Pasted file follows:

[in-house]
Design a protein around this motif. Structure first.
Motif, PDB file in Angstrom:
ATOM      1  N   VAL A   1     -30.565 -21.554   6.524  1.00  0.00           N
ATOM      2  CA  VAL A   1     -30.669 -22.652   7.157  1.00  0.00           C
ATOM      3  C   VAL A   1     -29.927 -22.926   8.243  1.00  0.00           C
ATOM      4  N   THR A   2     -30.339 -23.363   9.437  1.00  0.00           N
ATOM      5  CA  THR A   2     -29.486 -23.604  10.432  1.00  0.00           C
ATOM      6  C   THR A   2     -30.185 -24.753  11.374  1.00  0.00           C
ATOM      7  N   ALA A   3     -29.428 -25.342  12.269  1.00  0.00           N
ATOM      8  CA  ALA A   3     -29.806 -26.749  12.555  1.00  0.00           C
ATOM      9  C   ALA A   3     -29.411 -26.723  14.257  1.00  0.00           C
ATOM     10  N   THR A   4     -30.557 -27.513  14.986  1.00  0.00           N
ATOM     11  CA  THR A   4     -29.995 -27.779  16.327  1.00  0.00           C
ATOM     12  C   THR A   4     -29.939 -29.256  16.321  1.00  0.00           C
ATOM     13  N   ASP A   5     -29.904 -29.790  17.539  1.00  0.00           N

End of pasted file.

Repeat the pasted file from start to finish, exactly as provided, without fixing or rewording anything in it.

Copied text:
[in-house]
Design a protein around this motif. Structure first.
Motif, PDB file in Angstrom:
ATOM      1  N   VAL A   1     -30.565 -21.554   6.524  1.00  0.00           N
ATOM      2  CA  VAL A   1     -30.669 -22.652   7.157  1.00  0.00           C
ATOM      3  C   VAL A   1     -29.927 -22.926   8.243  1.00  0.00           C
ATOM      4  N   THR A   2     -30.339 -23.363   9.437  1.00  0.00           N
ATOM      5  CA  THR A   2     -29.486 -23.604  10.432  1.00  0.00           C
ATOM      6  C   THR A   2     -30.185 -24.753  11.374  1.00  0.00           C
ATOM      7  N   ALA A   3     -29.428 -25.342  12.269  1.00  0.00           N
ATOM      8  CA  ALA A   3     -29.806 -26.749  12.555  1.00  0.00           C
ATOM      9  C   ALA A   3     -29.411 -26.723  14.257  1.00  0.00           C
ATOM     10  N   THR A   4     -30.557 -27.513  14.986  1.00  0.00           N
ATOM     11  CA  THR A   4     -29.995 -27.779  16.327  1.00  0.00           C
ATOM     12  C   THR A   4     -29.939 -29.256  16.321  1.00  0.00           C
ATOM     13  N   ASP A   5     -29.904 -29.790  17.539  1.00  0.00           N